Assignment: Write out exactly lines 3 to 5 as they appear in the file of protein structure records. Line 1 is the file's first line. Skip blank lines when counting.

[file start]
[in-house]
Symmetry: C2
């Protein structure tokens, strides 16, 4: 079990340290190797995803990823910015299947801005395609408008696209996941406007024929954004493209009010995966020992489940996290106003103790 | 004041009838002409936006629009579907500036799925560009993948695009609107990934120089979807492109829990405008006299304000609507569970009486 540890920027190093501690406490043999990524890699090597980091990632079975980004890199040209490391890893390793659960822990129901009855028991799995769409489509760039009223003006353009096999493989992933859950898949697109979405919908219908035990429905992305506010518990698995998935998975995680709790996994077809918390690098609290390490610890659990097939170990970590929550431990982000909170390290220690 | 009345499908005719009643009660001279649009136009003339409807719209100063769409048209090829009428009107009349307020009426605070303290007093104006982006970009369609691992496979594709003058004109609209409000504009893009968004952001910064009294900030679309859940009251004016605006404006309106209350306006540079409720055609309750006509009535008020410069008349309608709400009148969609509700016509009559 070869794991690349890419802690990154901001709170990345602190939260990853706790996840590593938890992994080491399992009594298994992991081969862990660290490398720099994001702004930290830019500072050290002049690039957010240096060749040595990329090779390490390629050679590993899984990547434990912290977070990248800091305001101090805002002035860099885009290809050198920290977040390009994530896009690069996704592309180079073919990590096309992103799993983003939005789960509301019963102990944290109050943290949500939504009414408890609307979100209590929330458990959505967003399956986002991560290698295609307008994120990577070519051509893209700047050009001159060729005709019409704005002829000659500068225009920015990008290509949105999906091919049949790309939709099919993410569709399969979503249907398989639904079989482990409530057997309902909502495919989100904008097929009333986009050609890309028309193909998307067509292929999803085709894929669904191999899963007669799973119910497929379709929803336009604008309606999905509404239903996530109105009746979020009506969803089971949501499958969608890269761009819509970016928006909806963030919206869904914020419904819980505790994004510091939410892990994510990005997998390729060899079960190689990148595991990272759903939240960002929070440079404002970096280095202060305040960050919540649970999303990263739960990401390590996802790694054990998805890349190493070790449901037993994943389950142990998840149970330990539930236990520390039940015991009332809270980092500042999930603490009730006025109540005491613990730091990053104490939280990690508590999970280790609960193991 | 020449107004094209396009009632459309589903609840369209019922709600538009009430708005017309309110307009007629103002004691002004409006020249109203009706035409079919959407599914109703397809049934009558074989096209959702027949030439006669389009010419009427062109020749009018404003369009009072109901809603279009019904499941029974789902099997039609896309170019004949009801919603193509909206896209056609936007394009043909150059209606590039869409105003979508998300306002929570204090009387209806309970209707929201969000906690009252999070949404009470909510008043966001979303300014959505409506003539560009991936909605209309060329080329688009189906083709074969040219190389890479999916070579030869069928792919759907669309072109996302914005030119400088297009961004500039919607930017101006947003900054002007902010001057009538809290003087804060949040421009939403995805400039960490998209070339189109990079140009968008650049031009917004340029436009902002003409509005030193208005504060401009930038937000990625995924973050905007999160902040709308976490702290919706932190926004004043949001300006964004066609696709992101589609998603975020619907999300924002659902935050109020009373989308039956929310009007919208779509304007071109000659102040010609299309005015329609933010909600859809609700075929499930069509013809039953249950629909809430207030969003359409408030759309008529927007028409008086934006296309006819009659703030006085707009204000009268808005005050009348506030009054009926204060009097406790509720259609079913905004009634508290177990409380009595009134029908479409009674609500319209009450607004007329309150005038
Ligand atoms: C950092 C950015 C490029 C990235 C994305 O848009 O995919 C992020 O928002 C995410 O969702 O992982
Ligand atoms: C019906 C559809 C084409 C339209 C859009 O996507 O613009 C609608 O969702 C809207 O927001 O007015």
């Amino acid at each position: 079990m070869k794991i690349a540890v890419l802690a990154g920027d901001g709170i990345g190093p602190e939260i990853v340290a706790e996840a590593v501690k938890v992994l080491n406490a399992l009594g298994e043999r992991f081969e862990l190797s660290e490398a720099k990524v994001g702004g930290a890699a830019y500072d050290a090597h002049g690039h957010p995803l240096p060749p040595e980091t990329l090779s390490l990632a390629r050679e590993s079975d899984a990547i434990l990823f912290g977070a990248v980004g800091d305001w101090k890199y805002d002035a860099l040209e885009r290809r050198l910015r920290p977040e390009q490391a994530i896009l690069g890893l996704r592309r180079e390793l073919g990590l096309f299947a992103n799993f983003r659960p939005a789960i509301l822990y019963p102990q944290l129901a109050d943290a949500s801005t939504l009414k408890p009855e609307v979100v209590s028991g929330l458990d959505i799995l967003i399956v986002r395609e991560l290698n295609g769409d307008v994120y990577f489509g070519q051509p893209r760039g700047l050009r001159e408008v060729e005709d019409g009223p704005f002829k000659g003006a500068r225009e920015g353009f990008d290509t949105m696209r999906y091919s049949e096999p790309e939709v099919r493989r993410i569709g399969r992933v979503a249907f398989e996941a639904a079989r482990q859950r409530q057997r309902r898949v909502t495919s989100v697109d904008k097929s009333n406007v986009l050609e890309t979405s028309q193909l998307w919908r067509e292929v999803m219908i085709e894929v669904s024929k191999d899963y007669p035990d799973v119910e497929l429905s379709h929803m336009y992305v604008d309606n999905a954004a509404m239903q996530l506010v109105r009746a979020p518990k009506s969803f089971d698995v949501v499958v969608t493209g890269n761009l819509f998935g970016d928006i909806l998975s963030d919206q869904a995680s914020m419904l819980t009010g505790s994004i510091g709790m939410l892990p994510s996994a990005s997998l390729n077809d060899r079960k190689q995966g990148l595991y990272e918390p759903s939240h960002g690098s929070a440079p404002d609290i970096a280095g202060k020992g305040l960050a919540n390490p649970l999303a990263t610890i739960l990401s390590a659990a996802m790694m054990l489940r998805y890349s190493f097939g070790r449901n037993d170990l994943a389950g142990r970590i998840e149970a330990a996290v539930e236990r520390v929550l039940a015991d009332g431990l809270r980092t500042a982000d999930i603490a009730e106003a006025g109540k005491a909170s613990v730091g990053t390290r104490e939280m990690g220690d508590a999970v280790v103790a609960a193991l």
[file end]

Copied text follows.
């Protein structure tokens, strides 16, 4: 079990340290190797995803990823910015299947801005395609408008696209996941406007024929954004493209009010995966020992489940996290106003103790 | 004041009838002409936006629009579907500036799925560009993948695009609107990934120089979807492109829990405008006299304000609507569970009486 540890920027190093501690406490043999990524890699090597980091990632079975980004890199040209490391890893390793659960822990129901009855028991799995769409489509760039009223003006353009096999493989992933859950898949697109979405919908219908035990429905992305506010518990698995998935998975995680709790996994077809918390690098609290390490610890659990097939170990970590929550431990982000909170390290220690 | 009345499908005719009643009660001279649009136009003339409807719209100063769409048209090829009428009107009349307020009426605070303290007093104006982006970009369609691992496979594709003058004109609209409000504009893009968004952001910064009294900030679309859940009251004016605006404006309106209350306006540079409720055609309750006509009535008020410069008349309608709400009148969609509700016509009559 070869794991690349890419802690990154901001709170990345602190939260990853706790996840590593938890992994080491399992009594298994992991081969862990660290490398720099994001702004930290830019500072050290002049690039957010240096060749040595990329090779390490390629050679590993899984990547434990912290977070990248800091305001101090805002002035860099885009290809050198920290977040390009994530896009690069996704592309180079073919990590096309992103799993983003939005789960509301019963102990944290109050943290949500939504009414408890609307979100209590929330458990959505967003399956986002991560290698295609307008994120990577070519051509893209700047050009001159060729005709019409704005002829000659500068225009920015990008290509949105999906091919049949790309939709099919993410569709399969979503249907398989639904079989482990409530057997309902909502495919989100904008097929009333986009050609890309028309193909998307067509292929999803085709894929669904191999899963007669799973119910497929379709929803336009604008309606999905509404239903996530109105009746979020009506969803089971949501499958969608890269761009819509970016928006909806963030919206869904914020419904819980505790994004510091939410892990994510990005997998390729060899079960190689990148595991990272759903939240960002929070440079404002970096280095202060305040960050919540649970999303990263739960990401390590996802790694054990998805890349190493070790449901037993994943389950142990998840149970330990539930236990520390039940015991009332809270980092500042999930603490009730006025109540005491613990730091990053104490939280990690508590999970280790609960193991 | 020449107004094209396009009632459309589903609840369209019922709600538009009430708005017309309110307009007629103002004691002004409006020249109203009706035409079919959407599914109703397809049934009558074989096209959702027949030439006669389009010419009427062109020749009018404003369009009072109901809603279009019904499941029974789902099997039609896309170019004949009801919603193509909206896209056609936007394009043909150059209606590039869409105003979508998300306002929570204090009387209806309970209707929201969000906690009252999070949404009470909510008043966001979303300014959505409506003539560009991936909605209309060329080329688009189906083709074969040219190389890479999916070579030869069928792919759907669309072109996302914005030119400088297009961004500039919607930017101006947003900054002007902010001057009538809290003087804060949040421009939403995805400039960490998209070339189109990079140009968008650049031009917004340029436009902002003409509005030193208005504060401009930038937000990625995924973050905007999160902040709308976490702290919706932190926004004043949001300006964004066609696709992101589609998603975020619907999300924002659902935050109020009373989308039956929310009007919208779509304007071109000659102040010609299309005015329609933010909600859809609700075929499930069509013809039953249950629909809430207030969003359409408030759309008529927007028409008086934006296309006819009659703030006085707009204000009268808005005050009348506030009054009926204060009097406790509720259609079913905004009634508290177990409380009595009134029908479409009674609500319209009450607004007329309150005038
Ligand atoms: C950092 C950015 C490029 C990235 C994305 O848009 O995919 C992020 O928002 C995410 O969702 O992982
Ligand atoms: C019906 C559809 C084409 C339209 C859009 O996507 O613009 C609608 O969702 C809207 O927001 O007015």